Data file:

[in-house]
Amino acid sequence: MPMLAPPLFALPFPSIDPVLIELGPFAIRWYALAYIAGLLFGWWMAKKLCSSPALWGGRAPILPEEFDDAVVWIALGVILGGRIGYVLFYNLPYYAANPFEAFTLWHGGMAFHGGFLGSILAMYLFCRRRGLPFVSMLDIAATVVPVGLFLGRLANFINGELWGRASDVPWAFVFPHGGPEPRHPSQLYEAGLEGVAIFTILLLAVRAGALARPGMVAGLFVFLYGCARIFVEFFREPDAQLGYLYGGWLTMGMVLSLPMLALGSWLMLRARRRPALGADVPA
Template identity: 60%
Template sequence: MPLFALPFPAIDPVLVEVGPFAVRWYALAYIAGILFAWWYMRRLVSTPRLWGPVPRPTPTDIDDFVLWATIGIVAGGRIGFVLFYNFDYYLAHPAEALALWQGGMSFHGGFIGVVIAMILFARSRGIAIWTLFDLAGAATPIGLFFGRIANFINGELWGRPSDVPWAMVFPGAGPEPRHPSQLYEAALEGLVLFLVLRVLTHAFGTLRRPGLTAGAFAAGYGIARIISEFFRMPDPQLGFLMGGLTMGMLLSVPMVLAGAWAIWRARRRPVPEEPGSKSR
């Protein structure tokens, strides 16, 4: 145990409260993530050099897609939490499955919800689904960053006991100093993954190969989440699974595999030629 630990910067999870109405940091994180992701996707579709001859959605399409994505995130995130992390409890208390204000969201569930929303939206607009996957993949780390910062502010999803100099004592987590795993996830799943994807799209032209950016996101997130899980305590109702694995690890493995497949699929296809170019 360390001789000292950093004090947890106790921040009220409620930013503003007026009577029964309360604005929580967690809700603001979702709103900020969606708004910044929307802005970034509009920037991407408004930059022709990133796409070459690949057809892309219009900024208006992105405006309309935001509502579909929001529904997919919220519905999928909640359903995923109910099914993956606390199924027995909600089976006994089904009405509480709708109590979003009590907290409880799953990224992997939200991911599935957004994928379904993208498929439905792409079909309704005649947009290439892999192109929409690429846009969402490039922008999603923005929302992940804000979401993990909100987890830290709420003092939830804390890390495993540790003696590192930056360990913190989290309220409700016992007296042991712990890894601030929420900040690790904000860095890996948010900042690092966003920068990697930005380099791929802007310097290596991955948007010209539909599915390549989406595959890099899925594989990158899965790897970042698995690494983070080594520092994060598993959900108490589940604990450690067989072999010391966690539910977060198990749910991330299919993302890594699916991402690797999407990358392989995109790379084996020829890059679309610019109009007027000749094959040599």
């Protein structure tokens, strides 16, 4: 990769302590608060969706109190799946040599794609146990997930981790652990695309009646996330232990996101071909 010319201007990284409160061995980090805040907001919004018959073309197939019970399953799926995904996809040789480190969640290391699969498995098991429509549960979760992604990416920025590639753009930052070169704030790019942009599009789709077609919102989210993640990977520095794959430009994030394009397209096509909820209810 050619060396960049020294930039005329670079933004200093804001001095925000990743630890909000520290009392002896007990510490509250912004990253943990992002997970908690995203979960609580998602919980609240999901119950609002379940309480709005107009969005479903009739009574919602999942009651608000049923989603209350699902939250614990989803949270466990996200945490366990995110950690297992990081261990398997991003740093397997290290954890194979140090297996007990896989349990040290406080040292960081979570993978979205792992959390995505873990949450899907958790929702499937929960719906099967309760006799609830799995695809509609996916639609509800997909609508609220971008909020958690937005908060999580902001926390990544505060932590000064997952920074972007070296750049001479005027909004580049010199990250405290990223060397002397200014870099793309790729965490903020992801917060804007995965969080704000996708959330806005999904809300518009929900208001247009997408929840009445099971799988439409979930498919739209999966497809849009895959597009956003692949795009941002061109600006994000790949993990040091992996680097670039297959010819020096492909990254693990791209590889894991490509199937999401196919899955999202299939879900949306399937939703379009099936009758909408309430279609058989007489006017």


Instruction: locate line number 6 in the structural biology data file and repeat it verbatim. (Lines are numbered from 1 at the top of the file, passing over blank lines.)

């Protein structure tokens, strides 16, 4: 990769302590608060969706109190799946040599794609146990997930981790652990695309009646996330232990996101071909 010319201007990284409160061995980090805040907001919004018959073309197939019970399953799926995904996809040789480190969640290391699969498995098991429509549960979760992604990416920025590639753009930052070169704030790019942009599009789709077609919102989210993640990977520095794959430009994030394009397209096509909820209810 050619060396960049020294930039005329670079933004200093804001001095925000990743630890909000520290009392002896007990510490509250912004990253943990992002997970908690995203979960609580998602919980609240999901119950609002379940309480709005107009969005479903009739009574919602999942009651608000049923989603209350699902939250614990989803949270466990996200945490366990995110950690297992990081261990398997991003740093397997290290954890194979140090297996007990896989349990040290406080040292960081979570993978979205792992959390995505873990949450899907958790929702499937929960719906099967309760006799609830799995695809509609996916639609509800997909609508609220971008909020958690937005908060999580902001926390990544505060932590000064997952920074972007070296750049001479005027909004580049010199990250405290990223060397002397200014870099793309790729965490903020992801917060804007995965969080704000996708959330806005999904809300518009929900208001247009997408929840009445099971799988439409979930498919739209999966497809849009895959597009956003692949795009941002061109600006994000790949993990040091992996680097670039297959010819020096492909990254693990791209590889894991490509199937999401196919899955999202299939879900949306399937939703379009099936009758909408309430279609058989007489006017």